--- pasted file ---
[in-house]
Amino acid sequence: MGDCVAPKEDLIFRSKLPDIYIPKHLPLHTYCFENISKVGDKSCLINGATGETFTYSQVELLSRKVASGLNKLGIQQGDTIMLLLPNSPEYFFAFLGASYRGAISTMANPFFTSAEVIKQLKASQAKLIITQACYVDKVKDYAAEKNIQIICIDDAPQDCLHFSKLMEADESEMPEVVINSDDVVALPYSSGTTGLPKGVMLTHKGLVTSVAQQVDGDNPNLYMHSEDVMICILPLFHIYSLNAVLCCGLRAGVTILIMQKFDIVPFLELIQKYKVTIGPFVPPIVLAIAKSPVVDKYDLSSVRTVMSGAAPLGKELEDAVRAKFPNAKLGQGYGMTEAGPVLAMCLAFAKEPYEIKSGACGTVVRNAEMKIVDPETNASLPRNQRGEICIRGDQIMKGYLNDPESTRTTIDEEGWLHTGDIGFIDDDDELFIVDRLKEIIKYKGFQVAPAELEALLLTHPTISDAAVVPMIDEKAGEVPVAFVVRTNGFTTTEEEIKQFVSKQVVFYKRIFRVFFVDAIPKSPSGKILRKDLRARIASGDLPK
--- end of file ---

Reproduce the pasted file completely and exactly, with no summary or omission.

[in-house]
Amino acid sequence: MGDCVAPKEDLIFRSKLPDIYIPKHLPLHTYCFENISKVGDKSCLINGATGETFTYSQVELLSRKVASGLNKLGIQQGDTIMLLLPNSPEYFFAFLGASYRGAISTMANPFFTSAEVIKQLKASQAKLIITQACYVDKVKDYAAEKNIQIICIDDAPQDCLHFSKLMEADESEMPEVVINSDDVVALPYSSGTTGLPKGVMLTHKGLVTSVAQQVDGDNPNLYMHSEDVMICILPLFHIYSLNAVLCCGLRAGVTILIMQKFDIVPFLELIQKYKVTIGPFVPPIVLAIAKSPVVDKYDLSSVRTVMSGAAPLGKELEDAVRAKFPNAKLGQGYGMTEAGPVLAMCLAFAKEPYEIKSGACGTVVRNAEMKIVDPETNASLPRNQRGEICIRGDQIMKGYLNDPESTRTTIDEEGWLHTGDIGFIDDDDELFIVDRLKEIIKYKGFQVAPAELEALLLTHPTISDAAVVPMIDEKAGEVPVAFVVRTNGFTTTEEEIKQFVSKQVVFYKRIFRVFFVDAIPKSPSGKILRKDLRARIASGDLPK